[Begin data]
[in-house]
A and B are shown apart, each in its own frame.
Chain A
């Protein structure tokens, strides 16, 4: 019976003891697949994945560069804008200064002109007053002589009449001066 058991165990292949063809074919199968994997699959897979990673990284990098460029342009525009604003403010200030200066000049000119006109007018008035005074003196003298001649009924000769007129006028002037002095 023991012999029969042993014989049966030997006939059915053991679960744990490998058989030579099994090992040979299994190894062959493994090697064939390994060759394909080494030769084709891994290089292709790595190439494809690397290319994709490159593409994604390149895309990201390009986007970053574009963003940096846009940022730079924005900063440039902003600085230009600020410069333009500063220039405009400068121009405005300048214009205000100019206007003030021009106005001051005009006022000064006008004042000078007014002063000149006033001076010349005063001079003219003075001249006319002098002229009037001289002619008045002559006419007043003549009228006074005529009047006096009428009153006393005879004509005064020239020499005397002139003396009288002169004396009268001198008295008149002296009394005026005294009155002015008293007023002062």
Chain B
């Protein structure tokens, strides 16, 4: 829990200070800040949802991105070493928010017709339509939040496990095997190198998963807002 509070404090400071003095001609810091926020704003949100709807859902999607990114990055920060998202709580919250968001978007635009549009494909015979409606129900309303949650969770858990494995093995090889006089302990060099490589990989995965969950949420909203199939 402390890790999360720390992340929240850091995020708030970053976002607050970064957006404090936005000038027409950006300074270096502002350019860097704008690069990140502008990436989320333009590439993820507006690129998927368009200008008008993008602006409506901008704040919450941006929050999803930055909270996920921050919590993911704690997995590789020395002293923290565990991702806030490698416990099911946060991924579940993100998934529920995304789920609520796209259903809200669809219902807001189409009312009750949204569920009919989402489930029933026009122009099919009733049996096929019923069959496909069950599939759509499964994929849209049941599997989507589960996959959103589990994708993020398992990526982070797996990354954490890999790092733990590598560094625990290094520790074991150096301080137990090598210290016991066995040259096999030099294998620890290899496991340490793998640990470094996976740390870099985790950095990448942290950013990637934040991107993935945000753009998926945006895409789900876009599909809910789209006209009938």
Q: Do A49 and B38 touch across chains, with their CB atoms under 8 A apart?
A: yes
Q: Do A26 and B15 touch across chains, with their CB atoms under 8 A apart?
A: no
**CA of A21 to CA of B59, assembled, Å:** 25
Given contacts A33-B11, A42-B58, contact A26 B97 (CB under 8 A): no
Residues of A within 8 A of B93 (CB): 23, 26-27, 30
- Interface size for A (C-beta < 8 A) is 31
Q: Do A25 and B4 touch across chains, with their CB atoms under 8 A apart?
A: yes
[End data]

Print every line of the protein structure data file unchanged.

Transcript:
[in-house]
A and B are shown apart, each in its own frame.
Chain A
């Protein structure tokens, strides 16, 4: 019976003891697949994945560069804008200064002109007053002589009449001066 058991165990292949063809074919199968994997699959897979990673990284990098460029342009525009604003403010200030200066000049000119006109007018008035005074003196003298001649009924000769007129006028002037002095 023991012999029969042993014989049966030997006939059915053991679960744990490998058989030579099994090992040979299994190894062959493994090697064939390994060759394909080494030769084709891994290089292709790595190439494809690397290319994709490159593409994604390149895309990201390009986007970053574009963003940096846009940022730079924005900063440039902003600085230009600020410069333009500063220039405009400068121009405005300048214009205000100019206007003030021009106005001051005009006022000064006008004042000078007014002063000149006033001076010349005063001079003219003075001249006319002098002229009037001289002619008045002559006419007043003549009228006074005529009047006096009428009153006393005879004509005064020239020499005397002139003396009288002169004396009268001198008295008149002296009394005026005294009155002015008293007023002062």
Chain B
């Protein structure tokens, strides 16, 4: 829990200070800040949802991105070493928010017709339509939040496990095997190198998963807002 509070404090400071003095001609810091926020704003949100709807859902999607990114990055920060998202709580919250968001978007635009549009494909015979409606129900309303949650969770858990494995093995090889006089302990060099490589990989995965969950949420909203199939 402390890790999360720390992340929240850091995020708030970053976002607050970064957006404090936005000038027409950006300074270096502002350019860097704008690069990140502008990436989320333009590439993820507006690129998927368009200008008008993008602006409506901008704040919450941006929050999803930055909270996920921050919590993911704690997995590789020395002293923290565990991702806030490698416990099911946060991924579940993100998934529920995304789920609520796209259903809200669809219902807001189409009312009750949204569920009919989402489930029933026009122009099919009733049996096929019923069959496909069950599939759509499964994929849209049941599997989507589960996959959103589990994708993020398992990526982070797996990354954490890999790092733990590598560094625990290094520790074991150096301080137990090598210290016991066995040259096999030099294998620890290899496991340490793998640990470094996976740390870099985790950095990448942290950013990637934040991107993935945000753009998926945006895409789900876009599909809910789209006209009938």
Q: Do A49 and B38 touch across chains, with their CB atoms under 8 A apart?
A: yes
Q: Do A26 and B15 touch across chains, with their CB atoms under 8 A apart?
A: no
**CA of A21 to CA of B59, assembled, Å:** 25
Given contacts A33-B11, A42-B58, contact A26 B97 (CB under 8 A): no
Residues of A within 8 A of B93 (CB): 23, 26-27, 30
- Interface size for A (C-beta < 8 A) is 31
Q: Do A25 and B4 touch across chains, with their CB atoms under 8 A apart?
A: yes